Jonathan Swift

Jonathan Swift (1667-1745) is an Anglo-Irish writer known for his satirical works and political essays. Swift used satire and parody to question social and political norms. While he was a vocal supporter of religion in all aspects of life, he also argued for a more democratic, representative form of government in England. His most famous works are the book Gulliver's Travels (1726) and the satirical pamphlet "A Modest Proposal" (1729).

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Table of contents

    Jonathan Swift's works had a massive impact on literature. His influence coined the adjective "Swiftian," which describes a work or attitude that is overtly pessimistic and sarcastic.

    Johnathan Swift, Painting, StudySmarterFig. 1 - Much of Swift's work deals with the importance of religion. Later in his career, he was appointed the Dean of St. Patrick's Cathedral, Dublin.

    Jonathan Swift: Biography

    Jonathan Swift enjoyed high-ranking positions in political and religious institutions as a clergyman and writer. Here is a look at the most important events of his life.

    Early Life and Education

    Jonathan Swift was born on November 30th, 1667 in Dublin, Ireland. Swift's parents had fled England after siding with the losing Royalist side during the English Civil War (1642-1651). When Swift was seven months old, his father died, leaving the family dependent on his uncles, who paid his tuition to the prestigious Kilkenny School. Swift claims his wet nurse taught him to read using the bible.

    In 1682, Swift attended Trinity College, Dublin. While the outdated curriculum used medieval courses used to teach priests, Swift was also exposed to the writings of Aristotle and learned about debate techniques, which would impact his writing career. In 1686, Swift received a B.A. by "special grace," which usually indicates a student who struggled to follow the institution's strict rules.

    A master of language, Swift is credited with inventing the name Vanessa. During an affair with a young Dutch woman named Esther Vanhomrigh, Swift combined elements of her first and second name to create the codename "Vanessa" for their secret love letters.

    In 1688, Swift moved to England, where he worked as a sectary to Sir William Temple. For the next three years, he would assist with essential matters of parliament and communicate with members of the British Royal court. Swift returned to Ireland briefly in 1690 to recuperate from recurring dizzy spells. His symptoms are now considered early signs of Ménière's disease, a debilitating condition affecting hearing and balance. Swift struggled with this affliction for the rest of his life.

    While working for Temple, Swift began making early efforts at prose. Between 1691-94 he anonymously published six odes. In 1692 he received an M.A. from the University of Oxford and was ordained as a priest in the Church of Ireland in January 1695. Assigned to a small rural parish in Ireland in 1695, Swift soon felt frustrated and yearned to return to be close to the seat of power in London.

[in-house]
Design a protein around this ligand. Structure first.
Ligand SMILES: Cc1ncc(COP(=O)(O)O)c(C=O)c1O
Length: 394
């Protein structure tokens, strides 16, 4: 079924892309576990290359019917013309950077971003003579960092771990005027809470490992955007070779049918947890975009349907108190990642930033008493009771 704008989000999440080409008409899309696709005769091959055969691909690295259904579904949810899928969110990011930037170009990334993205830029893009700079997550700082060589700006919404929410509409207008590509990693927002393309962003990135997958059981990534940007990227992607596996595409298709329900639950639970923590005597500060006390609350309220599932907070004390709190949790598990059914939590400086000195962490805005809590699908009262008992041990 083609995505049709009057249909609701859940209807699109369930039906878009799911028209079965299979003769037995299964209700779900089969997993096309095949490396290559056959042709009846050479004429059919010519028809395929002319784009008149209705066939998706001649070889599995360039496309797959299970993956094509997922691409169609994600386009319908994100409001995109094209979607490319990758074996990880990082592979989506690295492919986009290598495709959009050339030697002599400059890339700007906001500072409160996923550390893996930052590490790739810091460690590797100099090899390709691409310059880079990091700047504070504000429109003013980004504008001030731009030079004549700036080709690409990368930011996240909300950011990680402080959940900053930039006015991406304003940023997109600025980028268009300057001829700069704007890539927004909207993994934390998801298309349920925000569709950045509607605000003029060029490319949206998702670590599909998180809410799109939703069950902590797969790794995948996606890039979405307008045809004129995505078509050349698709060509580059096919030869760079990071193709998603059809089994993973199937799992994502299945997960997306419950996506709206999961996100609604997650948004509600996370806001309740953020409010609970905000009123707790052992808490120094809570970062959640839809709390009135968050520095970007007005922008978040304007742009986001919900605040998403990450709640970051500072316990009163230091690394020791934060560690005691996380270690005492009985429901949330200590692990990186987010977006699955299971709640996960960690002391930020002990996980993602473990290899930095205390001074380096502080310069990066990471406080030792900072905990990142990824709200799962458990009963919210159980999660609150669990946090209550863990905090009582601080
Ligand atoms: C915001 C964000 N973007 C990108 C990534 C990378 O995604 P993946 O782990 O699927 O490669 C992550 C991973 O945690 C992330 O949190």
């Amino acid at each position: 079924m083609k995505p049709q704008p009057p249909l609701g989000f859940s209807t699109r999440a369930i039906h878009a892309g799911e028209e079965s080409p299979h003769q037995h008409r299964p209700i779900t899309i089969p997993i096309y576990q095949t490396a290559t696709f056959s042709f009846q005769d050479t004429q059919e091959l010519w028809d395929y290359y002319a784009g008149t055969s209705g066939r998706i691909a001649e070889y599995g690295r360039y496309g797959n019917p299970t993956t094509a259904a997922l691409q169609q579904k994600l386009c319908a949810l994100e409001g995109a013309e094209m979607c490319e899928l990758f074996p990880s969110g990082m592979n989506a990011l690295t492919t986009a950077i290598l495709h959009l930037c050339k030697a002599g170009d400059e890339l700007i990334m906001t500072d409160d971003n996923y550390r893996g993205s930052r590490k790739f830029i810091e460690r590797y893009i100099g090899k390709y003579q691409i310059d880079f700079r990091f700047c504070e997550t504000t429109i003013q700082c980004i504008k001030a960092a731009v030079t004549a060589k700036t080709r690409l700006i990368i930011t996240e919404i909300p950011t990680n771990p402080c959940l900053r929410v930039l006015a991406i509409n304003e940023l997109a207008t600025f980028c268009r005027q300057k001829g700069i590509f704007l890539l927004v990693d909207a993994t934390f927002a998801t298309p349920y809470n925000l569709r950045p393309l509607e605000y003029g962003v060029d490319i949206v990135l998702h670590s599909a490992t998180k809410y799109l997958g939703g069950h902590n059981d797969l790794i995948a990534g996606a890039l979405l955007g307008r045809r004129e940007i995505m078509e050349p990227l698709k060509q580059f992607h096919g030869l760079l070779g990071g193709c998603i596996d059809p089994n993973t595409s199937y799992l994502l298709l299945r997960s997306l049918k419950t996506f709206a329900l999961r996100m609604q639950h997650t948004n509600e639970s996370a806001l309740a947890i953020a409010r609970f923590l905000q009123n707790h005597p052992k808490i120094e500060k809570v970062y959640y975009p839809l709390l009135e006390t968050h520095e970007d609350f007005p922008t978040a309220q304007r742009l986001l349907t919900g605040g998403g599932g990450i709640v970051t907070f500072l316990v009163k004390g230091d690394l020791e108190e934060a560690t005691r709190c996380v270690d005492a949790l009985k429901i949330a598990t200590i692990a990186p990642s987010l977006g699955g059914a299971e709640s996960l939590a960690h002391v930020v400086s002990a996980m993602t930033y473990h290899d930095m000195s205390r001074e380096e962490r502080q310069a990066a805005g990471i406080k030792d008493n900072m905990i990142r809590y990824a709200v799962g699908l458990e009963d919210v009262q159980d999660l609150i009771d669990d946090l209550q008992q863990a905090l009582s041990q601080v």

Swift returned to his post as Sir William's secretary and began working on a composition called A Tale of the Tub (1704). The satirical piece uses the tale of three brothers, Peter, Martin, and Jack, to represent the relationship between the three branches of Western Christianity (Catholicism, Anglicanism, and Dissenters). Swift uses the dialogue between the brothers to satirize religion's relationship with powerful institutions like the government and monarchy. Though some people interpreted it as work supporting Anglican rationality, others, including the Queen of England, viewed it as profane and dangerous.

    Religion and Pamphlets

    In the 17th and 18th centuries, religion dominated most aspects of life in England; art and literature were expected to contain some element of Christianity. Many of Swift's works are defenses of the Anglican Church and its prominent role in everyday life. He strongly opposed any Catholic monarchy as he viewed Catholicism as unjust and oppressive.

    After receiving a Doctor of Divinity from Trinity College Dublin in 1702, Swift continued to visit England throughout the decade, establishing himself as a wit in London's social circles. With the publication of A Tale of the Tub and a series of influential works known as the "Bickerstaff" pamphlets of 1708–09, Swift's fame continued to grow.

    A pamphlet is a single, unbound sheet of paper with print on both sides. Pamphlets contained essays or arguments about controversial political topics. Since they were openly critical of government policy, they were often published anonymously so the writer could avoid punishment.